I am a bit of a paint hoarder. I like to hang onto used cans of paint, for crafting and paint touchups. We often work on small projects, and I like to have lots of choices available without running to the store.
But the dozens and dozens of gallons of paint were starting to overtake the garage shelf assigned to hold them. (Remember the beautiful storage carts my dad built for our barn garage overhaul?)
Full disclosure: This is the photo of the space 16 months ago. Because right now, the poor garage has been a catch-all place for all the junk waiting in limbo until the house is done. It’s not pretty. But the paint supply has more than doubled in the past 16 months, and we were out of room. You can imagine the cray.
In addition to running out of space, keeping paint in the original cans can be impractical and inconvenient for daily use. The cans are a little more cumbersome to open, close and pour from – especially when working on small projects (or art projects with Henry). And I’ve found that after several years, they are prone to rusting around the rim. Nasty.
HOW TO STORE LEFTOVER PAINT
So, I set out to find a better solution. I had seen someone on Instagram used ketchup bottles for paint, and I thought that was a brilliant idea. (I can’t remember who I originally stole this idea from. Forgive me?)
Enter 32-ounce condiment bottles from Amazon (affiliate link). I picked these out because they are big enough to hold a quart of paint, which is really a lot! Plus, they are easy enough to handle with one hand and had good reviews. The only downfall is they don’t come with caps. (But I came up with a solution for that.)
Once I had 24 of these bottles, it was just a matter of going through my paint and pouring them into separate bottles. I planned to use a funnel but it was easier and less messy to just carefully pour the paint into the wide mouth top.
I did keep some of the paint in cans – if there was a full gallon, for example. Or if it’s for a future project at the house.
But most of my paint stash found a new home in a squeeze bottle. I also gave a few gallons of paint to family and will drop off the empty (or almost) cans to the recycling facility. (Many recycling centers will accept paint and other chemicals.)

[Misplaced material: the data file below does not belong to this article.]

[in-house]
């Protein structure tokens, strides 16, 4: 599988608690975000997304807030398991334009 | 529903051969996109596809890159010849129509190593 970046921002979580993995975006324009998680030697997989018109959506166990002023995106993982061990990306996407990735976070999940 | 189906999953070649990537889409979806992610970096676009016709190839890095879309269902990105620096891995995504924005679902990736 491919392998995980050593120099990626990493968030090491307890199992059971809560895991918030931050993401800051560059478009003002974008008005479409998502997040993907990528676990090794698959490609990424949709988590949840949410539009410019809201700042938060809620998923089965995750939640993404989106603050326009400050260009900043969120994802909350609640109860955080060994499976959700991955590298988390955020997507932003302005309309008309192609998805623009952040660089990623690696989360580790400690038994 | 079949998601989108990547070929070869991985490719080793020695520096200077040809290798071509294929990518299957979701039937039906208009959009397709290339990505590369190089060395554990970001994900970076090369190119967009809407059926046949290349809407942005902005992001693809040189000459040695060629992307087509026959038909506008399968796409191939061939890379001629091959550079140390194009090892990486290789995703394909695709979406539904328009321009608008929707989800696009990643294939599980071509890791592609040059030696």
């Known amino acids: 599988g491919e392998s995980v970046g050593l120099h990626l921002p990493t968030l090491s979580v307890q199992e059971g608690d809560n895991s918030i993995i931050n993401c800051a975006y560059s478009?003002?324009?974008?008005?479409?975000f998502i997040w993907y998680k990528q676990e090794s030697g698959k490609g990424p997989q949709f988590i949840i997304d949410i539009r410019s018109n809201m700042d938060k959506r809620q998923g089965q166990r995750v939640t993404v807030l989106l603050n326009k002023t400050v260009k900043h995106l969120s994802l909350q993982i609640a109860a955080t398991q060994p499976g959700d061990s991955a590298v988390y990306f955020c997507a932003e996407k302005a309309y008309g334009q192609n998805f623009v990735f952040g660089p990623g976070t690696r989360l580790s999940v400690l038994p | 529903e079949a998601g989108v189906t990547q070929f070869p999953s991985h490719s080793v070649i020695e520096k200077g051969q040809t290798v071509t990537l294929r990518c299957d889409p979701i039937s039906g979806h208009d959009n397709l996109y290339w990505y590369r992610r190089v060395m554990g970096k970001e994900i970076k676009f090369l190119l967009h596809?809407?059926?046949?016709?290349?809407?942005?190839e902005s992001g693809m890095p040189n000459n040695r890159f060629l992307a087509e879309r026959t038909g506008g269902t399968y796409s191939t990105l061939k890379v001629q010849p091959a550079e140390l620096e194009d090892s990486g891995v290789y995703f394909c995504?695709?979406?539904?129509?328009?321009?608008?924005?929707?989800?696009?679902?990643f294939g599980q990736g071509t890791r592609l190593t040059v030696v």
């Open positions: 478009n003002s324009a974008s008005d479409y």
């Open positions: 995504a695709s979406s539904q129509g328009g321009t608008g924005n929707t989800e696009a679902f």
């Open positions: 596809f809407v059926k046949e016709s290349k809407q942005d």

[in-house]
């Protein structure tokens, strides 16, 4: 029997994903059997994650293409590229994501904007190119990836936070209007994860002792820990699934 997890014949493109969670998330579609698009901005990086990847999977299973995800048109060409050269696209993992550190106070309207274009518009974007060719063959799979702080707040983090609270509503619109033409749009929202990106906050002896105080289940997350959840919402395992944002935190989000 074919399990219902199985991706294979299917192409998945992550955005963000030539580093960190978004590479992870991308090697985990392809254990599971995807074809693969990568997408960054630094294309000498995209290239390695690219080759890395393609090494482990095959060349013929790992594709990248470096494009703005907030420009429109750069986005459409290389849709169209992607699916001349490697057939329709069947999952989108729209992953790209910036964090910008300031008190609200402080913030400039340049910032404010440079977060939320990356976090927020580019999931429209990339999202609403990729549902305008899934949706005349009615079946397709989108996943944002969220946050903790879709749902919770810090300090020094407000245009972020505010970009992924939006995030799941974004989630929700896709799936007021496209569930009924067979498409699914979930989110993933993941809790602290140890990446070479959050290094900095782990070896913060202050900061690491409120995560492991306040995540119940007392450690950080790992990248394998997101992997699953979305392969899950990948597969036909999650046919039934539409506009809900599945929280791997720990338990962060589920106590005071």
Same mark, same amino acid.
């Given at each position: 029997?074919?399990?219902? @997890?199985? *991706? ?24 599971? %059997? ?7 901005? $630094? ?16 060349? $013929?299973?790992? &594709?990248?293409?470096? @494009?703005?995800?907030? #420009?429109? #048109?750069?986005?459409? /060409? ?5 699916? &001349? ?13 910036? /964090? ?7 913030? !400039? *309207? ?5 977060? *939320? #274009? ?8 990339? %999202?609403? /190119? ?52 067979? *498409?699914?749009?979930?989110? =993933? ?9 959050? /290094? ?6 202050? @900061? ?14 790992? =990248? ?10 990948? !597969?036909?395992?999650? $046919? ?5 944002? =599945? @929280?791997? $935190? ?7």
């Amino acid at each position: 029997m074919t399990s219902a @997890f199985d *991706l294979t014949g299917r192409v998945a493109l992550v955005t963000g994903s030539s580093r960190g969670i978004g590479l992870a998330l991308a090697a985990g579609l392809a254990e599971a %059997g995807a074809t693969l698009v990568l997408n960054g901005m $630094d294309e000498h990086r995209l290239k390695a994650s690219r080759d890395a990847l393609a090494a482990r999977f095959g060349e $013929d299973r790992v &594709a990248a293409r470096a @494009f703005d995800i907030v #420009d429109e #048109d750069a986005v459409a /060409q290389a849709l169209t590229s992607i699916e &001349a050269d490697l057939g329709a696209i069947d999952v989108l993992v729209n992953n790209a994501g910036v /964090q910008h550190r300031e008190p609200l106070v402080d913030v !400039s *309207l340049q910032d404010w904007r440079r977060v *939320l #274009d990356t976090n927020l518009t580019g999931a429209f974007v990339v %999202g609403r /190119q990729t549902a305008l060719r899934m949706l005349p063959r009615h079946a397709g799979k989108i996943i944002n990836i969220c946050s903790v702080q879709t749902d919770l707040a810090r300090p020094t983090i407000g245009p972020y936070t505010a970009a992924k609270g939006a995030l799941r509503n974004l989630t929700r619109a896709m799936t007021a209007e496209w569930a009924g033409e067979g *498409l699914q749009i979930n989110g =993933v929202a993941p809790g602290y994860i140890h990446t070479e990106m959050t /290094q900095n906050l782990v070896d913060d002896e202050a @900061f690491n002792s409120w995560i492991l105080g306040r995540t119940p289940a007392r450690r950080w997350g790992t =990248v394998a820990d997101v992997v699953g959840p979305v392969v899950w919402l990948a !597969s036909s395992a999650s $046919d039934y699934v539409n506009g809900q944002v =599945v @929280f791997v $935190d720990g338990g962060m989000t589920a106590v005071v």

I added super simple white labels to the bottles – just from white sticker paper. I could have been fancy and printed them on my computer, but I don’t have a working printer. So I just hand-wrote the color names, brands, finish and any other info that’s needed (for example, some are exterior paint). Finally, I just added a dot of each color to the bottom of the label.
These bottles take up less then 10 percent of the space taken by all the cans on our shelf. And they are much easier to use than the bulky cans – especially for the small projects that pop up.
For now, I just added a nail to the top of each of the squeeze bottles. But I’m waiting on some pencil erasers to give them a try. You do need to make sure the bottles are airtight so the paint doesn’t dry out.
I’ve tried out the bottles and the lid is really secure and the paint comes out easily. I’m not sure if the paint in the squeeze top will ever dry out, but that will be easy enough to clean if it does happen.
And the best part, if I run out of paint, I can clean out the bottle with a bottle brush and refill. I hope this is a good long-term solution for paint storage. I also get a good deal of pleasure out of lining up the paint in color order. ROYGBV for the win.
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MORE PAINTING TIPS
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